• The episodes have individual titles - although they don't appear within the videos themselves or in the YouTube descriptions, they will be published soon on the AS page at
  • This was the first animated project I filmed using my new Nikon D7100.  As a side-effect, it's also my first animated project with source imagery created at a higher resolution than 1080p.  I could shoot 4K stopmotion if i wanted - but I can't edit 4K with my current version of Sony Vegas, so that'd be a bit pointless.
  • The first five episodes, plus nos 9, 12 and 24, were filmed in the correct sequence, but the rest were all shot out of order - 7 and 8 were shot before 6, 11 before 10, and 13 to 23 were hopelessly scrambled.  The reshuffles were made for practical reasons, such as availability of the kitchen (which was why I pulled 7 and 8 forwards), or filming episodes with a shared character or prop together (most notably 12 and 21, which were shot as a pair, and the three with Monster Movie - 15, 20 and 23 - which were all shot on the same day).
  • You might not have realised it, but if you've been watching my other animation output this year then you'll already have seen that little battery-operated string of LEDs several times before - it was an integral part of the lighting setup for most of the episodes of The Murkum Show Series 2 and its spin-off Greasy Food with Gonce.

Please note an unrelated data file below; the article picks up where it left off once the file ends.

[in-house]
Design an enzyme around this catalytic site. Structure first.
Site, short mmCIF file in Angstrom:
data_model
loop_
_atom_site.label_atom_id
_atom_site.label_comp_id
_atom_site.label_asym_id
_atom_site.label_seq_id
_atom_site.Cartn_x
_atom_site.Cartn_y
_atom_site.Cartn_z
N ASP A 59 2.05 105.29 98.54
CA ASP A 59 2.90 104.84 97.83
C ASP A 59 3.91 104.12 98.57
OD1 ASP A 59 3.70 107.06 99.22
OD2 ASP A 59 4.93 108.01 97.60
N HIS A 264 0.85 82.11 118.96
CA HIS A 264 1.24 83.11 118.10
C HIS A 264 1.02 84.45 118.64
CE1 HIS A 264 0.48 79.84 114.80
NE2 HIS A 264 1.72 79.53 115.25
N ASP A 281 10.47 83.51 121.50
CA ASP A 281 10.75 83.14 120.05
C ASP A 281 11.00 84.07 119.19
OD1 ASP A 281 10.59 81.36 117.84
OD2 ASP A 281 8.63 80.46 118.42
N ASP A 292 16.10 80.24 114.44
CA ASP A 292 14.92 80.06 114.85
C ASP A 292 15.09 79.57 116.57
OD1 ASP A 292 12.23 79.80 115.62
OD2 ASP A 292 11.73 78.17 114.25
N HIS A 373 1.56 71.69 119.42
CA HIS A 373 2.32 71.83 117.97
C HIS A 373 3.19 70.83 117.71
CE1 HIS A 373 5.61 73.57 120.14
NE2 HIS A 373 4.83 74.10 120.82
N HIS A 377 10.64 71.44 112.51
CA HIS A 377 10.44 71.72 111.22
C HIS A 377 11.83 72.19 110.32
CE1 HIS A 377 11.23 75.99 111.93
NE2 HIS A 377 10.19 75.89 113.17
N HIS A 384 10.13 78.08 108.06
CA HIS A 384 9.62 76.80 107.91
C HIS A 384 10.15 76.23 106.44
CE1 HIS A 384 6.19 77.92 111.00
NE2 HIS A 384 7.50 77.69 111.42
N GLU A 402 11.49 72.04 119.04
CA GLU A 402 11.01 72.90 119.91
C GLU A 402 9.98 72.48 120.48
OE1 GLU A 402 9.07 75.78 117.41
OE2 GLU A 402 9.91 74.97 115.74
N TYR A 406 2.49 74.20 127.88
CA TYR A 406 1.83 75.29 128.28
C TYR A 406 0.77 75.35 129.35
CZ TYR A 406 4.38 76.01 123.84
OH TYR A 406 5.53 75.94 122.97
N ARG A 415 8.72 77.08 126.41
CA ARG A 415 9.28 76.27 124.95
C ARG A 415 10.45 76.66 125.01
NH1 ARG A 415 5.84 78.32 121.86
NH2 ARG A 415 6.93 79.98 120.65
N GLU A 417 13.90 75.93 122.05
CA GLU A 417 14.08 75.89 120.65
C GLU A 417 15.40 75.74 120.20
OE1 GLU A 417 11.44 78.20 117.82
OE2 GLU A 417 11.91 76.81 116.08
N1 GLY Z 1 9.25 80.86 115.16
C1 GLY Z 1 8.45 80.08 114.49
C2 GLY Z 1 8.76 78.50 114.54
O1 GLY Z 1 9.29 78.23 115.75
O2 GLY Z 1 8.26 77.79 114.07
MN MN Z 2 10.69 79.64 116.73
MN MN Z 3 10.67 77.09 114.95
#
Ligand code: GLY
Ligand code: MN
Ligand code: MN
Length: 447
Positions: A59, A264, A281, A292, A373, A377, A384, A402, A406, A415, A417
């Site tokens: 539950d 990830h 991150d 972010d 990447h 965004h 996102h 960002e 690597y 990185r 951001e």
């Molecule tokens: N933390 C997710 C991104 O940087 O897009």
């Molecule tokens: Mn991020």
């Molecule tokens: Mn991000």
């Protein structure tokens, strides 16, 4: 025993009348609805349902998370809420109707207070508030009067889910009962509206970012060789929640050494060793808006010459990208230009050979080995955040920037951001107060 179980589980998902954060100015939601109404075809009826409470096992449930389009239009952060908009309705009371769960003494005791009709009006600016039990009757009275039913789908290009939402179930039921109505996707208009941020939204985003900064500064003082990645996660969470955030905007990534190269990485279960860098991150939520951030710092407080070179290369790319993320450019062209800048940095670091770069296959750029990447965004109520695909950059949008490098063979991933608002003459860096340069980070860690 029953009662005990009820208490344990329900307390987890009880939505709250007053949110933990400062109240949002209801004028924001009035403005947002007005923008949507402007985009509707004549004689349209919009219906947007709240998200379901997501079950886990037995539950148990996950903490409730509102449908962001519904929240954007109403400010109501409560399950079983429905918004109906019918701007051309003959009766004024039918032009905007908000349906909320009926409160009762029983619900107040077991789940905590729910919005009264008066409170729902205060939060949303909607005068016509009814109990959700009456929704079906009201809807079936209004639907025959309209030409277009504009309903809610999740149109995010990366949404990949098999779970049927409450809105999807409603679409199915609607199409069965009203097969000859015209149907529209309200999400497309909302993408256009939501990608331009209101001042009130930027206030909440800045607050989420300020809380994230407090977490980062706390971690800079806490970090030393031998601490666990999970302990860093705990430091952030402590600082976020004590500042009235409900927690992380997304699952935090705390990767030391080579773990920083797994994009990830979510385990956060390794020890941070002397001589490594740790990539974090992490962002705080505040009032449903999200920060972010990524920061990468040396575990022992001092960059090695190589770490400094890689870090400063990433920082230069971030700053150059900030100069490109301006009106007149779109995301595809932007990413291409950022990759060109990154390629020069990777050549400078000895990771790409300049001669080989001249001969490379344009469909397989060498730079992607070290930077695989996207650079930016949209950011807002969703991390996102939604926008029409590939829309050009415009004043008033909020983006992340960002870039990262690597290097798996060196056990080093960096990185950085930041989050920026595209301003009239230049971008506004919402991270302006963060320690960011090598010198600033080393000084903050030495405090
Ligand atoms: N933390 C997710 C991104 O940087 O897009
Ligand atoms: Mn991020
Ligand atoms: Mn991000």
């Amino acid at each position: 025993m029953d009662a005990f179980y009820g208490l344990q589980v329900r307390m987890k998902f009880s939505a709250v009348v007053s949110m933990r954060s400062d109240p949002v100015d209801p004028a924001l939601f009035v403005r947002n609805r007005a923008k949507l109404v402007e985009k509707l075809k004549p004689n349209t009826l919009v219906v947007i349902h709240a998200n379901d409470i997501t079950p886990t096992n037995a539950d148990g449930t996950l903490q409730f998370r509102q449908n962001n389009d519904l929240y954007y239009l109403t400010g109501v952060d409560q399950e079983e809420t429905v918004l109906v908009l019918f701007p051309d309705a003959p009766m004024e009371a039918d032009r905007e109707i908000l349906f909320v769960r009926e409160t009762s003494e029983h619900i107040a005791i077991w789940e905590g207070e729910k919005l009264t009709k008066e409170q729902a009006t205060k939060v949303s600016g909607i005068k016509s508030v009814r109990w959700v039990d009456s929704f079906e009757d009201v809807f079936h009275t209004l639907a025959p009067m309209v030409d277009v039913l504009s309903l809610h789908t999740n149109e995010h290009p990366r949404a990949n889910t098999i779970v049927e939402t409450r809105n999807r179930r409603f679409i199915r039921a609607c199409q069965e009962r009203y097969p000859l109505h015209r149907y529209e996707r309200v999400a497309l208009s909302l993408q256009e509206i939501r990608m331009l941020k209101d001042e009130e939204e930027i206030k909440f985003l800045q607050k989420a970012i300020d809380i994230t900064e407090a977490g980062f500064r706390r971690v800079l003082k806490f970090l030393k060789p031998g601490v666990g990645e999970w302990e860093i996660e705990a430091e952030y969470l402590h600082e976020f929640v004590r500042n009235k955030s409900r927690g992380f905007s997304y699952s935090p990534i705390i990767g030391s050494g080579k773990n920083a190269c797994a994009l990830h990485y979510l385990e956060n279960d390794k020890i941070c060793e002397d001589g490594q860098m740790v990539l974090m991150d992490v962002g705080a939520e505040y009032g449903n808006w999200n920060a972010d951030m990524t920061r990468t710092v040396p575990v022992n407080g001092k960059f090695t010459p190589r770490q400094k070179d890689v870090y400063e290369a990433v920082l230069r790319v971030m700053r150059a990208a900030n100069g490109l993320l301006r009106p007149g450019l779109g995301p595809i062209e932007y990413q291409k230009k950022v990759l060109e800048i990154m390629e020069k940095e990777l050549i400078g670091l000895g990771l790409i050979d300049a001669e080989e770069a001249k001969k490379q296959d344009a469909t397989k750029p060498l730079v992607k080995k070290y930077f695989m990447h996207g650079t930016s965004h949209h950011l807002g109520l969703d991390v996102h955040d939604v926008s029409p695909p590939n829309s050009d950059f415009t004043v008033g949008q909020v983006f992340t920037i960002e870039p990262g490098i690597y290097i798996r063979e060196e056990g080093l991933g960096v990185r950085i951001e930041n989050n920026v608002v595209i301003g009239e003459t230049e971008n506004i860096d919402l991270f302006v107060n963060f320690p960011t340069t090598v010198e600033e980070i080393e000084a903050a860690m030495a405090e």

• The longest episode in the Calendar was Day 3 (52.44 seconds), and the shortest was Day 14 (33.72 seconds).  All 24 days were shorter than the previous-shortest AS video, Episode 2 Fruit Pastilles (56.52 seconds).
  • Murkum's little grumble at the end of Day 4 was the first piece of actual dialogue ever used in AS (his screams in Series 1 don't really count as dialogue, and they were stock sounds rather than original recordings anyway); I performed, recorded and processed his lines for Days 4, 10 and 15 using exactly the same techniques as I do for The Murkum Show, except that the AS lines were recorded after I'd shot the videos, instead of before rolling cameras like I would do on his main series.
  • After filming Days 6 and 9, I left the string of blue lights sellotaped to my desk for several days (mostly because it had been such a faff sellotaping them down that I couldn't quite bring myself to rip them off again already), before clearing them up so I could shoot Day 11.
  • The episode with the most troubled production was probably Day 10 - I shot the first half three times, and had to scrap the first two and revise my plans due to technical problems.
  • Day 11 was not only the scariest episode of the Calendar to film, but the scariest bit of animation I've ever done, point blank.  Working with live flame in both that episode and in Day 22 was pretty nerve-wracking, but at least the tealight candles in Day 22 were fairly staid; the matches used in Day 11 burnt a lot faster than I'd hoped, and came upsettingly close to melting Snow to a dirty yellow blob a couple of times.  In the half-dozen-or-so frames it takes her to spin around between lighting the match and igniting the 'fuse' in the crisp packet, I had to film faster than I can ever remember working before (apart from live-action stuff, obviously!) and actually had to swap out the original match in her hand for a new one after 3 or 4 frames, because they burnt so fast.  I ate the crisps afterwards.